As a result of melting snow and rain in the spring, motorists may fall victim to hydroplaning, which occurs when the tires lose contact with the wet roadway.

What conditions cause hydroplaning?

Hydroplaning can occur wherever water lies in puddles. Ruts or channelized depressions that can hold water, often form in the wheel tracks of heavily travelled roads. As well, between two consecutive turns, there is usually no lateral slope to the road, which causes water to collect. During heavy downpours, hydroplaning can occur at any time. Finally, when the run-off from melting snow or rain flows down an embankment, the conditions are ideal for this phenomenon.


It's a bad sign when the dark tracks left by the tires of the vehicle ahead of you suddenly disappear immediately behind the vehicle. Likewise, when the vehicle ahead of you sprays large amounts of water sideways, you should be careful. These two indicators require a certain degree of observation.

Although it is a good idea to watch the vehicles around you for clues, you must not ignore what your own vehicle can tell you. Hydroplaning is not far off if you have the unpleasant sensation that your front wheels are no longer gripping the ground. This same impression can occur during braking, particularly when there is no noticeable deceleration. With a front-wheel-drive vehicle, if you notice that the motor seems to be accelerating, despite the fact that you have not moved the accelerator, you know that you are starting to float. This phenomenon is not as noticeable in the case of a vehicle with rear-wheel drive. Finally, if you hear loud water noises in the wheel well, you know the situation is serious.

Water isn't the only cause

Although water is the principal cause of hydroplaning, other factors can also transform your vehicle into a boat. For example, speed plays a major role and deserves attention. Another very obvious cause is the depth of the layer of water: the danger increases proportionately with the depth.

The thickness and the design of the tire treads cannot be ignored either since the water, which forms a relatively thick layer on the road, must be pushed away if the tires are to remain in close contact with the surface. In other words, the tires must push the water to the front, to the back and, above all, to the sides. Unfortunately, a portion of the water remains on the surface since the contact is so brief, lasting only a few milliseconds, which is not enough time to push it out of the way. If the water is not drained at the sides or by means of grooves in the treads or if the grooves are too shallow, an incompressible layer of water forms, like a wave, in front of the tire. The tire will tend to drive up onto this wave, which separates it from the ground surface, in the same manner as a layer of freezing rain does.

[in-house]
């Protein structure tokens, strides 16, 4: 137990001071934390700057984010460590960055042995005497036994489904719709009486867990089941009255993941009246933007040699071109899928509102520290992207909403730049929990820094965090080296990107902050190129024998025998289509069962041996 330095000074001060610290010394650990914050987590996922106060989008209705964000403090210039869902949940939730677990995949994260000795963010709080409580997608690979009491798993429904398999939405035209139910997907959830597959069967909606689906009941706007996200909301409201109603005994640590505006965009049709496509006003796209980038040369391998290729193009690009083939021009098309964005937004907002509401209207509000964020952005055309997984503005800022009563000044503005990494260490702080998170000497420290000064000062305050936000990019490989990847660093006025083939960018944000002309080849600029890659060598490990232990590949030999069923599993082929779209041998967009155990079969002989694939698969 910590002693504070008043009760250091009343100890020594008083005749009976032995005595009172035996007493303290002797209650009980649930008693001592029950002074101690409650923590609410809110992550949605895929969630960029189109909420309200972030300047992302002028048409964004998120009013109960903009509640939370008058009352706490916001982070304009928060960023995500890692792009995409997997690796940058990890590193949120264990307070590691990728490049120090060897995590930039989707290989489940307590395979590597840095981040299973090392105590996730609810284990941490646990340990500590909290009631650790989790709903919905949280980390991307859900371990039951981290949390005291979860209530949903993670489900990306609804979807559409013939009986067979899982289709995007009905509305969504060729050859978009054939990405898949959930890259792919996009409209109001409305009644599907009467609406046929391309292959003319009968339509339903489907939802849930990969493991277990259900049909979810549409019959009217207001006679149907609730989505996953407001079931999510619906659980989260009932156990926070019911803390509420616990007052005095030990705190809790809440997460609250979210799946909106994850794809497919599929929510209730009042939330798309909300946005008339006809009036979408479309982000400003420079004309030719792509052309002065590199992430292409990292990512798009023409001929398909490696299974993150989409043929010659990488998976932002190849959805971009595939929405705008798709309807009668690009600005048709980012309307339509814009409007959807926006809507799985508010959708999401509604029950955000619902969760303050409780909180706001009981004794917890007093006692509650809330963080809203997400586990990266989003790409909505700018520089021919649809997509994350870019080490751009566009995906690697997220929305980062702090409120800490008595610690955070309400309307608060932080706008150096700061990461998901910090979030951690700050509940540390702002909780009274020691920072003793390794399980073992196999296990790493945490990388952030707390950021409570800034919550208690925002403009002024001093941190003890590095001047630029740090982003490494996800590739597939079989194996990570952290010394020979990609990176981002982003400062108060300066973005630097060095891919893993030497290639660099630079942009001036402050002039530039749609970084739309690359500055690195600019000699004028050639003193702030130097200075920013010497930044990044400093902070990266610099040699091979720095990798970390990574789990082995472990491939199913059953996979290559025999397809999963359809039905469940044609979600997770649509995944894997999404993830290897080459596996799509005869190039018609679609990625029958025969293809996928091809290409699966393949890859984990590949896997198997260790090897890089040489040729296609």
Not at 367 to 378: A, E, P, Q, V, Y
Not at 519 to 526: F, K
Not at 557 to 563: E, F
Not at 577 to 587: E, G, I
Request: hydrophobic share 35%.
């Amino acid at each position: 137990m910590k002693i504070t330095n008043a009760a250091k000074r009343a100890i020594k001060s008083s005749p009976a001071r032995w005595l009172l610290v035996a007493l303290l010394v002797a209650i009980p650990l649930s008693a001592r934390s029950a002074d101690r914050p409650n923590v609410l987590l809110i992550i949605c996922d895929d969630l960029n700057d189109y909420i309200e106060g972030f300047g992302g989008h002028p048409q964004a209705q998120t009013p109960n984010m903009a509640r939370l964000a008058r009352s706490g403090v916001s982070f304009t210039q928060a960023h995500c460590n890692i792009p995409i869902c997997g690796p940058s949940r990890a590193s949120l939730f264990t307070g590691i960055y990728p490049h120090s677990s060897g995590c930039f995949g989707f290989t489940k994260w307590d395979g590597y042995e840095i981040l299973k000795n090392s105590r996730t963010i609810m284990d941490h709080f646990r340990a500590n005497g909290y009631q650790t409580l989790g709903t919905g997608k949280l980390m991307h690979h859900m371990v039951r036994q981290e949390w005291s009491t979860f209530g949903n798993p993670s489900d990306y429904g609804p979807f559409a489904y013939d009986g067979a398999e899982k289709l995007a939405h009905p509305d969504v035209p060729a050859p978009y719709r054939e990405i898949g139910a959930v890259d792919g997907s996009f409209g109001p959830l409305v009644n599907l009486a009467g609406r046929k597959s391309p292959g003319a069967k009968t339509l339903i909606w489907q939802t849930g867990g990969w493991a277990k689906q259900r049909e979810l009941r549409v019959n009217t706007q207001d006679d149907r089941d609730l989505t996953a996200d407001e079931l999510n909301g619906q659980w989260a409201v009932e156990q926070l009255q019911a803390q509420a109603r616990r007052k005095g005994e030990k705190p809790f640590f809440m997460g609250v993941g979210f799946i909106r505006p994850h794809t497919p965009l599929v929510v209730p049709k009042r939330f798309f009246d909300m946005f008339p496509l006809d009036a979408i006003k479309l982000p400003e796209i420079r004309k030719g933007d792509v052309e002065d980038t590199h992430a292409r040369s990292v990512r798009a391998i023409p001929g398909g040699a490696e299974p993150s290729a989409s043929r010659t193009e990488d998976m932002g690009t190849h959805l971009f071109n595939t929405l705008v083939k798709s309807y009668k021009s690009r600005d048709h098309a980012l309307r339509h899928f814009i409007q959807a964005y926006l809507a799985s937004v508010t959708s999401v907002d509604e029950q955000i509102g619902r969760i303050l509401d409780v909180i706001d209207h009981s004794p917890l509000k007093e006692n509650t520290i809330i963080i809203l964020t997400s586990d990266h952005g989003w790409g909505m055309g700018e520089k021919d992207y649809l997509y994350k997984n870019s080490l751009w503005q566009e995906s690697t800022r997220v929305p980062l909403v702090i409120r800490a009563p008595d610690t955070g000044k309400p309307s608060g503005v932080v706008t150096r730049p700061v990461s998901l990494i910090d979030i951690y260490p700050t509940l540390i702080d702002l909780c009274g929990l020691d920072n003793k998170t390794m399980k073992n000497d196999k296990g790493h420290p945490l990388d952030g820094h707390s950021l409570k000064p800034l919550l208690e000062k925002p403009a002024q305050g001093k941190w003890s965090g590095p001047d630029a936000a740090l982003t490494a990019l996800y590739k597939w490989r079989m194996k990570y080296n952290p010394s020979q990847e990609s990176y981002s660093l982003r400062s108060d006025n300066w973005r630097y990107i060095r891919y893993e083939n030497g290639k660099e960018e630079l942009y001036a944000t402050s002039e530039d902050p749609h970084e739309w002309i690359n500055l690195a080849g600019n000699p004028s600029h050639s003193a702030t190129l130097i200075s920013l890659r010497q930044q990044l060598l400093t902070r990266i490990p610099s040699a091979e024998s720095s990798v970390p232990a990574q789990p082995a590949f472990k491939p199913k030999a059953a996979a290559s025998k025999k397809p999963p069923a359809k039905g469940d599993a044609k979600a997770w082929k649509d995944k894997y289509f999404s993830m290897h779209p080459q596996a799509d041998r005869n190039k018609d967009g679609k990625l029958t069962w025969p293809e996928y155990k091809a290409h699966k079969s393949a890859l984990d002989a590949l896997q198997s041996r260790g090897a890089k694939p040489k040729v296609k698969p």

Other factors can lead to hydroplaning. Even with identical treads, wide tires float more quickly than narrow ones do. Moreover, you must make sure that your tires are inflated to the pressure recommended by the manufacturer since this is an important factor when it comes to obtaining optimum water flow through the grooves of the treads. At the same time, the friction coefficient of the road also plays an important role. Finally, it appears that shock absorbers that are worn by 50% increase the risk of hydroplaning by 10% to 15%.

Can hydroplaning be avoided?

The golden rule is to decrease your speed when it's raining or when you suspect there may be water puddles on the road. In fact, tires that are travelling at high speeds on a wet road must move a lot of water very quickly in order to remain in contact with the ground. It is strongly recommended that you double your safety distances, both beside your vehicle and in front of it. Finally, drive slightly to the right or left of ruts in the road to reduce the danger.

Cruise control in wet conditions: not a good idea

Owner’s manuals now include a warning that cruise control should never be used on slippery road surfaces, including wet roads. The reason is simple: if excess water on the road causes the vehicle to start hydroplaning and cruise control is activated, the drive wheels will start to accelerate – the opposite of what you want to happen in this situation. Your vehicle may then start to skid out of control – with, potentially, more serious consequences. Many drivers have been involved in severe accidents because of this dangerous combination.

What to do if hydroplaning occurs despite precautions

Here is what you should do if your vehicle begins to hydroplane, despite your best preventive efforts. Try to keep the wheels aimed in the direction you want to go. Take your foot off the gas and then – but only if you are comfortable with this technique – shift into neutral and brake very gently, so as not to lock the wheels. Once the tires are in solid contact with the road again, shift back into gear to pick up speed. If you completely lose control of the vehicle, the best thing to do is line the wheels up straight and press as hard as you can on the brakes until the car comes to a stop.